nless ample guarantees were accorded them that Kansas should thenceforth be regarded and treated as ged that the question of Freedom or Slavery in Kansas should be submitted to a direct popular vote, nnsylvania, Rhode Island, Tennessee, Virginia, Kansas-13.
Mr. Seddon's project, excluding that pving his colleagues live to five. Indiana, and Kansas were equally divided, and so cast no vote.
Ths adopted by the following vote — New York and Kansas not voting, because equally divided:
Ays--as carried, by the following vote-New York and Kansas still equally divided:
Ays--Connecticut, Dennsylvania, Rhode Island, Tennessee, Vermont, Kansas-16.
Noes-Iowa, Maine,Massachusetts, North C, Ohio, Pennsylvania, Rhode Island, Tennessee, Kansas-11.
Noes--Connecticut, Indiana, Iowa, Maine, Ohio, Pennsylvania, Rhode Island, Tennessee, Kansas-12.
Noes-Connecticut, Iowa, Maine, Missouriucky, Missouri, Ohio, Indiana, Illinois, Iowa, Kansas.
They have approved what is herewith submit
The mercantile aristocracy of St. Louis was predominantly devoted to their supposed interests and docile to their commands.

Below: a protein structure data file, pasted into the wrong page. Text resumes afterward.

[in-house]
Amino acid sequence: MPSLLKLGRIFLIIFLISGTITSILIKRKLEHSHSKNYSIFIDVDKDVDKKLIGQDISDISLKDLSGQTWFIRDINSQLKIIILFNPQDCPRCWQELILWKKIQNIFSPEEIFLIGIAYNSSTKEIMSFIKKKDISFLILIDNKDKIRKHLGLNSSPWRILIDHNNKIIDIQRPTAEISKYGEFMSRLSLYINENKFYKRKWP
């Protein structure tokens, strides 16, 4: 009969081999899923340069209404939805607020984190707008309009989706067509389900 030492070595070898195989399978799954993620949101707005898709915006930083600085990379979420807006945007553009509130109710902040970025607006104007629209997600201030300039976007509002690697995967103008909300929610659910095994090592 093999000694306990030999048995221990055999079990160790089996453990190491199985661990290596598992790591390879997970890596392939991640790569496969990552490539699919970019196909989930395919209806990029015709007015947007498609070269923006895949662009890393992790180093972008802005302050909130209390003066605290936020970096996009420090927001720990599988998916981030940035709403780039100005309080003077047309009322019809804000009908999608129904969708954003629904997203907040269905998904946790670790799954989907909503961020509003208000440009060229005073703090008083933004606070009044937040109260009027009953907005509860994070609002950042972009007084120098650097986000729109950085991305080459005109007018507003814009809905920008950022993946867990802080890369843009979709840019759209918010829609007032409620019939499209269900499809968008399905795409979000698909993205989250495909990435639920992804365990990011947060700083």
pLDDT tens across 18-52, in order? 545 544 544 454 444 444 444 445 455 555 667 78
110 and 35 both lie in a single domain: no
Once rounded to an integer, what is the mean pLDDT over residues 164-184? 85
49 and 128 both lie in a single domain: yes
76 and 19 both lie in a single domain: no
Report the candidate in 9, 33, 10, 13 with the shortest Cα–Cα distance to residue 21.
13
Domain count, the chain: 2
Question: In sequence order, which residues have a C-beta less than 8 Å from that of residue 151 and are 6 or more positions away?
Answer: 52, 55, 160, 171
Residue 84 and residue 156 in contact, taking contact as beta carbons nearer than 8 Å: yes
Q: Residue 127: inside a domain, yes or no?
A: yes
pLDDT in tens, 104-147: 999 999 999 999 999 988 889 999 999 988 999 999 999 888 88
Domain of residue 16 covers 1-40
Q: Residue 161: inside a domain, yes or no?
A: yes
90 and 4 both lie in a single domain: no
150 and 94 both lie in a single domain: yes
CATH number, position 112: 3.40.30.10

But for St. Louis on one side and Kansas on the other, Missouri could scarcely have been saved.
But Kansas had a population whom the rough experiences of previous years had educated into deadly hostilitKansas had a population whom the rough experiences of previous years had educated into deadly hostility to the Slave Power; while St. Louis possessed, in her liberty-loving Germans, in her intelligent and uncompromising citizens of eastern lineage, and in The St. Louis Democrat--a journal of high character and extensive influence, which could neither be bought nor frightened into recreancy to the interests of Free Labor — the elemlay County, in the midst of a strongly pro-Slavery population.
As it had been often robbed with impunity to arm the Border Ruffians for their repeated raids into Kansas, it was naturally supposed that it might now be drawn upon for its entire contents in behalf of what was essentially the same cause.
Accordingly, on the 20th, it
or lately one of the United States.
Mr. J. H. Lane, of Kansas, moved to amend this, by adding,
Unless a military nec Messrs. Sherman, of Ohio, Browning, of Illinois, Lane, of Kansas, Fessenden, of Maine, etc., on the other, took part.
Mr. is, Howe, Johnson, of Tenn., King, Lane, of Ind., Lane, of Kansas, McDougall, Morrill, Pomeroy, Sherman, Sumner, Ten Eyck, Wan, of Ohio.
I do not under-stand either the Senator from Kansas on my right, or the Senator from Connecticut, or the Senator from Kansas behind me, to say that it is the purpose of this war to abolish Slavery.
It is not waged for any such purpos Johnson, of Tenn., Kennedy, King, Lane, of Ind., Lane, of Kansas, Latham, Morrill, Nesmith, Pomeroy, Saulsbury, Sherman, Teoster, Grimes, Hale, Harris, King, Lane, of Ind., Lane, of Kansas, McDougall, Sherman, Simmons, Sumner, Ten Eyck, Trumbull, oster, Grimes, Harris, Howe, King, Lane, of Ind., Lane, of Kansas, McDougall, Morrill, Rice, Sherman, Sumner, Ten Eyck, Trum